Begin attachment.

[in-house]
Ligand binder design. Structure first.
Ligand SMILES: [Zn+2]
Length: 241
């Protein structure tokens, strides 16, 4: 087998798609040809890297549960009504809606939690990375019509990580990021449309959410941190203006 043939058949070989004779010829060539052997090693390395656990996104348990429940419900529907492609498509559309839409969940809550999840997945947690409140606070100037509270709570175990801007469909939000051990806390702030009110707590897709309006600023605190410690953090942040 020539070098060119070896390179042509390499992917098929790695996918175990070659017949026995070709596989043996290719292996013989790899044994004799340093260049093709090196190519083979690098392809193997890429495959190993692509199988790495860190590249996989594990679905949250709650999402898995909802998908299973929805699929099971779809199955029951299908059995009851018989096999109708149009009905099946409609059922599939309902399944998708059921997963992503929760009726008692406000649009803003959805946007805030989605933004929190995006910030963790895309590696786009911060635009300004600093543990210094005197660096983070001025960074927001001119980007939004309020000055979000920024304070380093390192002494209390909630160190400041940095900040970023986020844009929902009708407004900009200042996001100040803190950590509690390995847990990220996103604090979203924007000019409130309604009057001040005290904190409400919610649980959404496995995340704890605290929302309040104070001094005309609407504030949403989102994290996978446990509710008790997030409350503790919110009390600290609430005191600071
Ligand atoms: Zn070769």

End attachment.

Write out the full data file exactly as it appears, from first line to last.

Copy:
[in-house]
Ligand binder design. Structure first.
Ligand SMILES: [Zn+2]
Length: 241
């Protein structure tokens, strides 16, 4: 087998798609040809890297549960009504809606939690990375019509990580990021449309959410941190203006 043939058949070989004779010829060539052997090693390395656990996104348990429940419900529907492609498509559309839409969940809550999840997945947690409140606070100037509270709570175990801007469909939000051990806390702030009110707590897709309006600023605190410690953090942040 020539070098060119070896390179042509390499992917098929790695996918175990070659017949026995070709596989043996290719292996013989790899044994004799340093260049093709090196190519083979690098392809193997890429495959190993692509199988790495860190590249996989594990679905949250709650999402898995909802998908299973929805699929099971779809199955029951299908059995009851018989096999109708149009009905099946409609059922599939309902399944998708059921997963992503929760009726008692406000649009803003959805946007805030989605933004929190995006910030963790895309590696786009911060635009300004600093543990210094005197660096983070001025960074927001001119980007939004309020000055979000920024304070380093390192002494209390909630160190400041940095900040970023986020844009929902009708407004900009200042996001100040803190950590509690390995847990990220996103604090979203924007000019409130309604009057001040005290904190409400919610649980959404496995995340704890605290929302309040104070001094005309609407504030949403989102994290996978446990509710008790997030409350503790919110009390600290609430005191600071
Ligand atoms: Zn070769």